Sunday, June 30, 2013

A Rose by Any Other Name is a Vampire

I’ve mentioned in an earlier blog that there were various spellings of the name Cullins/Cullens/Cullen. One of the most important is the one I didn’t mention – Collins. The following name definitions came from and they quote their source as: Dictionary of American Family Names ©2013, Oxford University Press
Cullins Name Meaning:  Variant of Irish Collins
First, as you see, it says right out that Cullins is a variant of Irish Collins.
Collins Name Meaning
Irish: Anglicized form of Gaelic Ó Coileáin and Mac Coileáin (see Cullen 1).English: patronymic from the Middle English personal name Col(l)in, a pet form of Coll, itself a short form of Nicholas. Americanized form of French Colin.
Cullen Name Meaning
Irish: Anglicized form of Gaelic Ó Coileáin ‘descendant of Coileán’, a byname meaning ‘puppy’ or ‘young dog’.Irish: Anglicized form of Gaelic Ó Cuilinn ‘descendant of Cuileann’, a byname meaning ‘holly’. Scottish: habitational name from Cullen in Banff, so named from Gaelic cùilen, a diminutive of còil, cùil ‘nook’, ‘recess’.English: habitational name from the Rhineland city of Cologne (Old French form of Middle High German Köln, named with Latin colonia ‘colony’).English: variant of Cooling.
The names are more or less interchangeable. I can imagine that a family named Collins would immigrate to America and the name could be corrupted by American accents, or read incorrectly from the hand written records. The children of these immigrants were often less well educated than their relations in England and Ireland as the families moved into the wilderness where there were no schools. Spending time in school, should there be one, was a luxury as the older children were needed to help with farming. Whatever the reason – I’ve found that some researchers say our early immigrants were Collins and others Cullins.  Cullins was the maiden name of my Great Grandmother, Hannah. She may never have known that the name was once Collins.  We, looking back on the many generations, have a better view of the evolving name.  The fact that our early immigrants lived in Virginia with its soft, slurring, lovely southern accent may have played a part.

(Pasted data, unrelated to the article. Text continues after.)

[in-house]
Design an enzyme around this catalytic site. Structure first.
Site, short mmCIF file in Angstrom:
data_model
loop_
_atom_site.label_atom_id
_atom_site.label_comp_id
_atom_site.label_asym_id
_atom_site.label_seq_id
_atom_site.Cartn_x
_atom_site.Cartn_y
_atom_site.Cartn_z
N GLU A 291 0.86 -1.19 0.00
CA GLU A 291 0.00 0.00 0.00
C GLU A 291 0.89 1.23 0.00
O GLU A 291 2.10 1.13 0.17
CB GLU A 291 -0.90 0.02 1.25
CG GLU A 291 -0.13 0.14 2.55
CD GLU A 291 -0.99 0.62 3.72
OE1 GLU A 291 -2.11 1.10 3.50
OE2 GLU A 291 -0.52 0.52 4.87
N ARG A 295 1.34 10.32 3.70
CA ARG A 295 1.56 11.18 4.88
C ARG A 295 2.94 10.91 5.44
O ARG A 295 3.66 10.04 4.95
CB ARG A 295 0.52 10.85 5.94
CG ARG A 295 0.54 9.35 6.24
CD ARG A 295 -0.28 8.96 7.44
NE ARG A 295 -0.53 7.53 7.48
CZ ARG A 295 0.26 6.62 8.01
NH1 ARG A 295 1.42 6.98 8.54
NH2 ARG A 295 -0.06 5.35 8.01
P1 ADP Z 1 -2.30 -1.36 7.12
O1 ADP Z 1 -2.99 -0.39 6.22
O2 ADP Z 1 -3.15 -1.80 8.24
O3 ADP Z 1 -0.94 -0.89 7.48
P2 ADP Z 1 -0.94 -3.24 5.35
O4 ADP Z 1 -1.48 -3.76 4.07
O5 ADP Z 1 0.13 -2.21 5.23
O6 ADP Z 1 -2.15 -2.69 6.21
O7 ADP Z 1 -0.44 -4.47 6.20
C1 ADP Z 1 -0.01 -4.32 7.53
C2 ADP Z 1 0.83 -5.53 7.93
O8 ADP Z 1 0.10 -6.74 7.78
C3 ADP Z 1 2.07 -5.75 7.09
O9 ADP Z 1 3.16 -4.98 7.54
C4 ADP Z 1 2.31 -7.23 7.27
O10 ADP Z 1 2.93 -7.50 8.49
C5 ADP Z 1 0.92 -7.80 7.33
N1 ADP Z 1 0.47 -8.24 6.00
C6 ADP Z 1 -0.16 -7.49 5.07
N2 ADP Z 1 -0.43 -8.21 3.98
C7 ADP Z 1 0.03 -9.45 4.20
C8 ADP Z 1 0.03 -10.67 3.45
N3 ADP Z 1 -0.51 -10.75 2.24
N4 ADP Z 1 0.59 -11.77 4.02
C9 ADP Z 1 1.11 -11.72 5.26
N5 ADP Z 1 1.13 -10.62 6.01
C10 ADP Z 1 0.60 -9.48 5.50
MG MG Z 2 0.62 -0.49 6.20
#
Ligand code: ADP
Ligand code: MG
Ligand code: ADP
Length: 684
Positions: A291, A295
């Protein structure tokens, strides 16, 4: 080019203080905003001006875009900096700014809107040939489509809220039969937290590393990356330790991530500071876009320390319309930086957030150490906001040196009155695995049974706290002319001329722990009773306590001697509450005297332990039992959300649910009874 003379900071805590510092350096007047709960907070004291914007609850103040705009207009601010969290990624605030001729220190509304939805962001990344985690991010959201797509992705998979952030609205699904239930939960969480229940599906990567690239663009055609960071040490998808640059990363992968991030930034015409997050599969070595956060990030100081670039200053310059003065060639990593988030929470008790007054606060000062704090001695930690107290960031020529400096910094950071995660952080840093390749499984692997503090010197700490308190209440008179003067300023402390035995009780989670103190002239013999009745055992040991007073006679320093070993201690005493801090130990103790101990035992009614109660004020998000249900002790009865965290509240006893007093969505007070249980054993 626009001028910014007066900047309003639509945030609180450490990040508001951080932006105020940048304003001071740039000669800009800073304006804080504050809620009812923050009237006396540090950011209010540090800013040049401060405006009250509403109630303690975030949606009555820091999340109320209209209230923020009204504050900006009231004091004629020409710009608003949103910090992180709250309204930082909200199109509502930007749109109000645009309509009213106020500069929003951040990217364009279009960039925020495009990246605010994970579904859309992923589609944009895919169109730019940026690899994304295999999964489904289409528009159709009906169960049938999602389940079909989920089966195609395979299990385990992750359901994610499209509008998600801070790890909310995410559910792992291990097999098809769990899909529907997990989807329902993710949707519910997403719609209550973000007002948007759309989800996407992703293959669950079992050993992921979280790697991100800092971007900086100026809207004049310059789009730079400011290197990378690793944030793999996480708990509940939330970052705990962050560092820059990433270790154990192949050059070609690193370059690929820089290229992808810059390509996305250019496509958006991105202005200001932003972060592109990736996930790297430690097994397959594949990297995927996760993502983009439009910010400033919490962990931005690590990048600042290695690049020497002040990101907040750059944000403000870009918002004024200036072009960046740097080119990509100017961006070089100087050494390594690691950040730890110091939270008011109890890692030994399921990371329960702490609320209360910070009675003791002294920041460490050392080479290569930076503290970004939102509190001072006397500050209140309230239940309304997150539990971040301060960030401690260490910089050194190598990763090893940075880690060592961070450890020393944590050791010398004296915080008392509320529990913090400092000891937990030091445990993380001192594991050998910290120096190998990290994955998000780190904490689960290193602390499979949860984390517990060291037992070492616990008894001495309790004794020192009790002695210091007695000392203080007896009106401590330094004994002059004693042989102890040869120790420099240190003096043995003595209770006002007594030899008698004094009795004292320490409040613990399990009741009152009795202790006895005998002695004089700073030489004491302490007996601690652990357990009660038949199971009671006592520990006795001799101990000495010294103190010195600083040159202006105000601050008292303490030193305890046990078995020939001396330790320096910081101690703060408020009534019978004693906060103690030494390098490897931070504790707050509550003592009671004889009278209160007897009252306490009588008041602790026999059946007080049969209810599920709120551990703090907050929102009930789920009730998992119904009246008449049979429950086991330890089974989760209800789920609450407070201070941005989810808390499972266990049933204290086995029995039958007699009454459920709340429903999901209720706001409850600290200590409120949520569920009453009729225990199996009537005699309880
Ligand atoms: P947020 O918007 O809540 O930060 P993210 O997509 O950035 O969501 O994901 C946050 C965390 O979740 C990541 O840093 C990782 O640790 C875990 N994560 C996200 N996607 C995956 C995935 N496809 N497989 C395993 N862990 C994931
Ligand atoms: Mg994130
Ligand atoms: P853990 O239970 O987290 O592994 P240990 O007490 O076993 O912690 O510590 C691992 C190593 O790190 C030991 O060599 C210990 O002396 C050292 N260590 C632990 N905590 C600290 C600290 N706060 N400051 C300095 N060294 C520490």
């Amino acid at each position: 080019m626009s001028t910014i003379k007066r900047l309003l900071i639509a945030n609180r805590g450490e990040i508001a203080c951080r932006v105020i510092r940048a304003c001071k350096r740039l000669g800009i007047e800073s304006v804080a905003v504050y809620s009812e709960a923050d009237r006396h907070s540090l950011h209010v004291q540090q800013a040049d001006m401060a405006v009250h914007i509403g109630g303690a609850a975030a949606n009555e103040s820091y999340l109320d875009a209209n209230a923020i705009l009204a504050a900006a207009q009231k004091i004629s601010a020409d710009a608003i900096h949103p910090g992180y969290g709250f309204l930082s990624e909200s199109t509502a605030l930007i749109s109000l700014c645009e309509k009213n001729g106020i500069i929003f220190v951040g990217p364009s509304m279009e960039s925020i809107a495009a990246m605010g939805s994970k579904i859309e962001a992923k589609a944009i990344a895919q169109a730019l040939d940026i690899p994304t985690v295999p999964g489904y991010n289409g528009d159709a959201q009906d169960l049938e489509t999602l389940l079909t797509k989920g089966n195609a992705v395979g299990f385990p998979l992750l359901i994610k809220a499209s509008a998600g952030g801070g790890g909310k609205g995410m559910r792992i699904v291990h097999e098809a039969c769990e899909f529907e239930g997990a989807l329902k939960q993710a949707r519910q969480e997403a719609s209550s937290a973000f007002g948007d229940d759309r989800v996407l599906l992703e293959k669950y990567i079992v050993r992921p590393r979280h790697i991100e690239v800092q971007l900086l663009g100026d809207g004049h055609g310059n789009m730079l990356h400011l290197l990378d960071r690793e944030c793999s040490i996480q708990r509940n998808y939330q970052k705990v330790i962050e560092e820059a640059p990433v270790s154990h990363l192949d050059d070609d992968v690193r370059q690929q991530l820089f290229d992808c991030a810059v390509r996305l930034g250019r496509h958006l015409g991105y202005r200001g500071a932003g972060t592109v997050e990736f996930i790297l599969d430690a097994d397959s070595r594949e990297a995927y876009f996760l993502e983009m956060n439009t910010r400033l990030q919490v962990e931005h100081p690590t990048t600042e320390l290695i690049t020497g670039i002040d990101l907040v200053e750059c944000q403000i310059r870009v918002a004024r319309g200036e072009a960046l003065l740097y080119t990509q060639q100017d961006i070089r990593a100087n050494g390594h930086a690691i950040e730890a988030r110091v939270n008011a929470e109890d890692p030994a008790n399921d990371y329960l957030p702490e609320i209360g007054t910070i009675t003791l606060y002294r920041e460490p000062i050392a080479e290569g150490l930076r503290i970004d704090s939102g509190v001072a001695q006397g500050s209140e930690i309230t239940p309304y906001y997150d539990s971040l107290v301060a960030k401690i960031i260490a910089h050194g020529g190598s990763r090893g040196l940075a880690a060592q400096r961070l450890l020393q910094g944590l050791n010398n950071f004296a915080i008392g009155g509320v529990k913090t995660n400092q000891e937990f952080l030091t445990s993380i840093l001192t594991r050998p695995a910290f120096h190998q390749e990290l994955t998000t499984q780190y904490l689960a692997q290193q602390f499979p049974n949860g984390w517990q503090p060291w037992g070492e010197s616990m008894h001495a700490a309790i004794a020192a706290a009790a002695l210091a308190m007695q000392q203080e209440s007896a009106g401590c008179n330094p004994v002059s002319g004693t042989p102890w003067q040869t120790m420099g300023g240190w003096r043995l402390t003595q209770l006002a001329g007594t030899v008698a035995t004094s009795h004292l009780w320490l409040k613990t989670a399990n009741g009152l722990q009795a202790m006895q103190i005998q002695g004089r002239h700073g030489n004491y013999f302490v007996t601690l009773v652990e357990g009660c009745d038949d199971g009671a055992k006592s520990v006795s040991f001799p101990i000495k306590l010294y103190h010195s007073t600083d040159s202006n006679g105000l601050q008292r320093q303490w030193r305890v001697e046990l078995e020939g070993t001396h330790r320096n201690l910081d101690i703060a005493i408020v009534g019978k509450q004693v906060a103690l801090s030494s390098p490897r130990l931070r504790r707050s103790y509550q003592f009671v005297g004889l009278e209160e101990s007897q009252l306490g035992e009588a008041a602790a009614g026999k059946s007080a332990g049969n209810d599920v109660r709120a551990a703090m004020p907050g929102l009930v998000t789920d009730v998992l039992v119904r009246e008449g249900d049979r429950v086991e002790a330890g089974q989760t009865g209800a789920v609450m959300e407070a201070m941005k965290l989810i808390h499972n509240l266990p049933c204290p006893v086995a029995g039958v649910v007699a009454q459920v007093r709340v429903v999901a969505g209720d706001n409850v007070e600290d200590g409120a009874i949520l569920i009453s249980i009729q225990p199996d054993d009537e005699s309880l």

John Sr. and Jr. when they went to Ohio were using the name Cullins.  Yet John Sr.’s father Edward may have been known as Edward Collins – but most likely was Edward Cullins (or, if you will - Cullen). These days such a name brings vivid pictures of our favorite vampires a la the Twilight series. It is interesting to contemplate our forebears as vampires (hopefully falling in the ‘good vampire’ category). How fun that our Edward Cullins can draw forth an entertaining fantasy. 

Right now I have to leave Edward Cullins and his father John Collins in the land of myth as they didn’t dwell in the rugged wilderness of Ohio. But maybe someday our family, like Caroline Kennedy and her father, President John F. Kennedy, will retrace the Cullins/Collins journey with a trip to Ireland – a land of magic and mystery – to see if the Cullins set sail in comfy coffins.
"A rose by any other name would smell as sweet." - William Shakespeare

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